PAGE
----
Jane Mayer: The Koch Brothers and the Weaponizing of Philanthropy
March 7th, 2016 - 7:00 pm
March 7, 2016
Why is America living in an age of profound economic inequality? Why, despite the desperate need to address climate change, have even modest environmental efforts been defeated again and again? Why have protections for employees been decimated? Why do hedge-fund billionaires pay a far lower tax rate than middle-class workers? The conventional answer is that a popular uprising against “big government” led to the ascendancy of a broad-based conservative movement. But as author Jane Mayer shows in her powerful, meticulously reported new book, a network of exceedingly wealthy people with extreme libertarian views bankrolled a systematic, step-by-step plan to fundamentally alter the American political system. Join Mayer, in conversation with Rob Reich and Lucy Bernholz, to discuss the future of American democracy.
About the Author
Jane Mayer has been a New Yorker staff writer since 1995. She covers politics, culture, and national security for the magazine. Previously, she worked at theWall Street Journal, where she covered the bombing of the U.S. Marine barracks in Beirut, the Persian Gulf War, and the fall of the Berlin Wall. In 1984, she became the paper’s first female White House correspondent. She is the author of the 2008 Times best-seller “The Dark Side: The Inside Story of How the War on Terror Turned into a War on American Ideals,” which is based on her New Yorker articles and was named one of the top ten works of journalism of the decade by N.Y.U.’s Arthur L. Carter Journalism Institute. She is also the co-author, with Jill Abramson, of “Strange Justice,” and, with Doyle McManus, of “Landslide: The Unmaking of the President 1984-1988.” In 2009, Mayer was chosen as Princeton University’s Ferris Professor of Journalism. Her numerous honors include the John Chancellor Award; a Guggenheim Fellowship; the Goldsmith Book Prize; the Edward Weintal Prize; the Ridenhour Prize; the Helen Bernstein Book Award for Excellence in Journalism; the J. Anthony Lukas Prize, the Sidney Hillman Prize, the Robert F. Kennedy Book Award, the James Aronson Award for social justice journalism, the Toner Prize for political reporting, and, most recently, the I. F. Stone Medal for Journalistic Independence.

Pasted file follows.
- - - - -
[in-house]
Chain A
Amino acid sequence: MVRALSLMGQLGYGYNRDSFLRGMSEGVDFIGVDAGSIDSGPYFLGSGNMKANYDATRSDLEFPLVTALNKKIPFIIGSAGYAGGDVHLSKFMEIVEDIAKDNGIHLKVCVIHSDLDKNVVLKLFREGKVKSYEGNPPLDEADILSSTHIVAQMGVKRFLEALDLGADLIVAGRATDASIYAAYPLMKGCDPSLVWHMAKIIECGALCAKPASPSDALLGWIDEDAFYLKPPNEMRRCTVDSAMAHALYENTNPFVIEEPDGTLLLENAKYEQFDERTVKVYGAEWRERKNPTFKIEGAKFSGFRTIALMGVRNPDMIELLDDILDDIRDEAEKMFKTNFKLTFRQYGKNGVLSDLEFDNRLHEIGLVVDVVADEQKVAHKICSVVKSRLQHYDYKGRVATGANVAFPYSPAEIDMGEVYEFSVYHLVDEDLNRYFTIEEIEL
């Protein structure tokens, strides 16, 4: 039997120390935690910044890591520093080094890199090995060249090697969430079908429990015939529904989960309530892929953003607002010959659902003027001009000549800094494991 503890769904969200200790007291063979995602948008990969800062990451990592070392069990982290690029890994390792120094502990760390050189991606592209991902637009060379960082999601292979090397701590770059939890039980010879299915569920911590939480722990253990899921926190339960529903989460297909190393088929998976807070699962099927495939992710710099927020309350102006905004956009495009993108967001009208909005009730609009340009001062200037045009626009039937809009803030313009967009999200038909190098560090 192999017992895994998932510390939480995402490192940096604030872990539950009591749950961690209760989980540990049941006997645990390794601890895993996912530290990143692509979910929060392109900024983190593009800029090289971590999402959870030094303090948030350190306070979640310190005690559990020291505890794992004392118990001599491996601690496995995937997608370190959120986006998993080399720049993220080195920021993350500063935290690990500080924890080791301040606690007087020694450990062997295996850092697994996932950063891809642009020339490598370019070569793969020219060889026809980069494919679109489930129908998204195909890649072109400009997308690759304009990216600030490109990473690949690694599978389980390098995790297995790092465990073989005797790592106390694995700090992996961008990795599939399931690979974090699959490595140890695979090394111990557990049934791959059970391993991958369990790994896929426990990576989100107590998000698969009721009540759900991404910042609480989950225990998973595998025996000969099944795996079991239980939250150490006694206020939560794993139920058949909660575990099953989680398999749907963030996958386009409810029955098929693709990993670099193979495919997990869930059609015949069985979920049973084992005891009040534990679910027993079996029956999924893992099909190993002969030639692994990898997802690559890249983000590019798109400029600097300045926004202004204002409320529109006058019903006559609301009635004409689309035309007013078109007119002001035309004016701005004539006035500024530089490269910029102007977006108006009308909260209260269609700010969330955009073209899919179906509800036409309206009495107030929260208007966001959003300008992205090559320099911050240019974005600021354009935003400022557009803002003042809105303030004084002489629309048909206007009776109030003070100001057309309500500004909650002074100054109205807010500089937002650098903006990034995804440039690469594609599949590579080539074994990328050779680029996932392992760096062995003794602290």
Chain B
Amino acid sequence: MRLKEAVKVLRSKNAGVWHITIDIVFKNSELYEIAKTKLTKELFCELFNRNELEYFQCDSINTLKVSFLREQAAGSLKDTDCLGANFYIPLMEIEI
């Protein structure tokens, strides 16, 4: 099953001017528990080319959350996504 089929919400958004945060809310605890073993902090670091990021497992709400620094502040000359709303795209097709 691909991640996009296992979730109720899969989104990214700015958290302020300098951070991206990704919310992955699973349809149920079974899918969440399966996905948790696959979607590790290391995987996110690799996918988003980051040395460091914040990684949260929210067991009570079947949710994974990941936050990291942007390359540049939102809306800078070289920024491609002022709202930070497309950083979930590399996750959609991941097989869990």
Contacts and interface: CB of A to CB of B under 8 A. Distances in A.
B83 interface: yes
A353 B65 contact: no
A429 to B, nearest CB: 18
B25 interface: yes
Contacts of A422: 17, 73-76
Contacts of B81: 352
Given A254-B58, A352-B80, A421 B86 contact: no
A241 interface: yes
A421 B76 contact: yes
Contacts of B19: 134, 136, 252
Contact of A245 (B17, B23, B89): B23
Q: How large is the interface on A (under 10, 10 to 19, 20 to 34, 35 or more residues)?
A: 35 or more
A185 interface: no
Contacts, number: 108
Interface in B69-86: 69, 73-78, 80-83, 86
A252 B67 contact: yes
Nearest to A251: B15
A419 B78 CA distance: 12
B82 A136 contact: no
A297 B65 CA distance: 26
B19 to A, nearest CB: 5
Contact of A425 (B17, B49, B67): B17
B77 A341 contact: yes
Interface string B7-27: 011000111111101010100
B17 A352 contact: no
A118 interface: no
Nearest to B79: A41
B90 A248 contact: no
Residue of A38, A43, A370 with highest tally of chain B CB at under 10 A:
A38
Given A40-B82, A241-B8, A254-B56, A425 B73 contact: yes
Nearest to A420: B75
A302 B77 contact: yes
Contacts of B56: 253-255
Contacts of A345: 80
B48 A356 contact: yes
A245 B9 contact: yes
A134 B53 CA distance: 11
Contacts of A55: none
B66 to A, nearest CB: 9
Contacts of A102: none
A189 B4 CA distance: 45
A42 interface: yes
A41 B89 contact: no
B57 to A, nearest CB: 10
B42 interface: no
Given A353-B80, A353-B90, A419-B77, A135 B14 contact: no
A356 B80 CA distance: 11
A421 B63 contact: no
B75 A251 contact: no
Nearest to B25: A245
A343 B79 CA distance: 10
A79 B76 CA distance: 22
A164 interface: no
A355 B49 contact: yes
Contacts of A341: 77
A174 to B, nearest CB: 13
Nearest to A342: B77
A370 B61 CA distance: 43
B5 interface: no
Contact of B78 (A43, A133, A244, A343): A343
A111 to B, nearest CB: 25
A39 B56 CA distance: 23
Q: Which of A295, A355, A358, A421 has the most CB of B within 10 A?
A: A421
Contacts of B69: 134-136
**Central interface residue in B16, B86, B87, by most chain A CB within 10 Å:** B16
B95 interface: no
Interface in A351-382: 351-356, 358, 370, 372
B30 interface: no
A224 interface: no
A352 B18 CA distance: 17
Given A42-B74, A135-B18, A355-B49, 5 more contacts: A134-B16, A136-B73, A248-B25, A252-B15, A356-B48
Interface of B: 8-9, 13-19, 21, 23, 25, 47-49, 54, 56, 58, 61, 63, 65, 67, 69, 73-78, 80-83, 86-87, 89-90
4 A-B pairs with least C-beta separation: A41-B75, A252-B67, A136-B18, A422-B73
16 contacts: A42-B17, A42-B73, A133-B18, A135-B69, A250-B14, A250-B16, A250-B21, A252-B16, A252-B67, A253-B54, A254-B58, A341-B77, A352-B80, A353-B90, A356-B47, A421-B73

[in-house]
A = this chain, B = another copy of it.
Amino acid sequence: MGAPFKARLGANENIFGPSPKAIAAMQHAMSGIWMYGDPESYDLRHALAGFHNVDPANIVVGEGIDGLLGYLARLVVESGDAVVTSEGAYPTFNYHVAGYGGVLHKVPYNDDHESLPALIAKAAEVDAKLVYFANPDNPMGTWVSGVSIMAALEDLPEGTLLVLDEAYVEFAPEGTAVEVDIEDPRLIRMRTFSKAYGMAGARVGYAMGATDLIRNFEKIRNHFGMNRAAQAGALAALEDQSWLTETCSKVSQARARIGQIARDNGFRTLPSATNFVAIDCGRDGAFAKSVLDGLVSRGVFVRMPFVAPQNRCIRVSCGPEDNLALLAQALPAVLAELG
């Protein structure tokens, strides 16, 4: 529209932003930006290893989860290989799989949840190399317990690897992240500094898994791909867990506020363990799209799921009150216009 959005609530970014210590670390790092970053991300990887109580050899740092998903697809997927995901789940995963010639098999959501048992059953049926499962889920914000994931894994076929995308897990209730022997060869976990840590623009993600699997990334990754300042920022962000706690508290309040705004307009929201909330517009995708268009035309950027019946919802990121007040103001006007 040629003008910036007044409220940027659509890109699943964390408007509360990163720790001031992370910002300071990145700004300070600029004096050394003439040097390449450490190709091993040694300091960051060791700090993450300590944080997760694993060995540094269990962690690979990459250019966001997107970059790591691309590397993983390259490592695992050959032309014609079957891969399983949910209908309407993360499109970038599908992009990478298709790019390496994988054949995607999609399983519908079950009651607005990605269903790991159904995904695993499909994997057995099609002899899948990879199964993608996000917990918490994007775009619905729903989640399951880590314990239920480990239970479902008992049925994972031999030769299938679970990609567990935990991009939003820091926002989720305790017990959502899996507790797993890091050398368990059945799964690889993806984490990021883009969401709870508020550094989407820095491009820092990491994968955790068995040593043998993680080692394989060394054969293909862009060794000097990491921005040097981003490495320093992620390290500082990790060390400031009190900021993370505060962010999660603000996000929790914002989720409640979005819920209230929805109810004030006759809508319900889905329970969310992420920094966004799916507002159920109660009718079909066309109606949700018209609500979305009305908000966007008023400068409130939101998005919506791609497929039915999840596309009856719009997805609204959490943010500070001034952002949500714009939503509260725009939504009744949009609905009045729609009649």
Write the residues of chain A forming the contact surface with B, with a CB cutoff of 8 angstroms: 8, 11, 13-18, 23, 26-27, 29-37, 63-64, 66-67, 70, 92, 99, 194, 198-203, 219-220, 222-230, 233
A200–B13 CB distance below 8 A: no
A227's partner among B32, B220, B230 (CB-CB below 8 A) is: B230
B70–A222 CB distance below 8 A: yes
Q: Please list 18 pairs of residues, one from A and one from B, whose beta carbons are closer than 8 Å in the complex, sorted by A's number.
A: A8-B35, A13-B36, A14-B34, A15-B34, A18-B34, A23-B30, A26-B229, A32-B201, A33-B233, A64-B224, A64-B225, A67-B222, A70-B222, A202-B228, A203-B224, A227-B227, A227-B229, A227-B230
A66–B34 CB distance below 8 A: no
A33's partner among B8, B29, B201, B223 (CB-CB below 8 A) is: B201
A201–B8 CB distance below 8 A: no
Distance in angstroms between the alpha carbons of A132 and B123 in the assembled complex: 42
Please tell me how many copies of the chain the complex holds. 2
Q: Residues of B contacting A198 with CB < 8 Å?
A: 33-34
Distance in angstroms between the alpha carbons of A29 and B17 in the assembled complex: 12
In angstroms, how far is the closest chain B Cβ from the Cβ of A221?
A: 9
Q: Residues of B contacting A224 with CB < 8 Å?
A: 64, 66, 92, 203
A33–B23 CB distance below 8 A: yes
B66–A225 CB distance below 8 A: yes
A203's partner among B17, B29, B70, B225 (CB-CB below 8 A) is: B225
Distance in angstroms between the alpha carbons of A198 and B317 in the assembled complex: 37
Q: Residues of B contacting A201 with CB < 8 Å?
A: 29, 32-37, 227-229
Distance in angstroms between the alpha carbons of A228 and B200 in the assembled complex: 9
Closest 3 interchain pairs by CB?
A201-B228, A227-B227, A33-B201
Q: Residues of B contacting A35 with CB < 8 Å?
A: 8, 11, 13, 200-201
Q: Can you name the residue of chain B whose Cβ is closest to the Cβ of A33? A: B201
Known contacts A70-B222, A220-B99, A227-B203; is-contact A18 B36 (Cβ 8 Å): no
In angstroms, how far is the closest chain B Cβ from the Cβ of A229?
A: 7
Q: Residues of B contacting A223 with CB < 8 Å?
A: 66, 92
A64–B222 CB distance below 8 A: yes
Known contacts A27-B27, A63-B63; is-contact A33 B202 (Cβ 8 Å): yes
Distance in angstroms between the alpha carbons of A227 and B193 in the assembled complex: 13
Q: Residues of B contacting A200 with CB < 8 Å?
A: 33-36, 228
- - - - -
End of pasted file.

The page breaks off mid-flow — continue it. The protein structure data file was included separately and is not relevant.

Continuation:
Sam Spiewak, firstname.lastname@example.org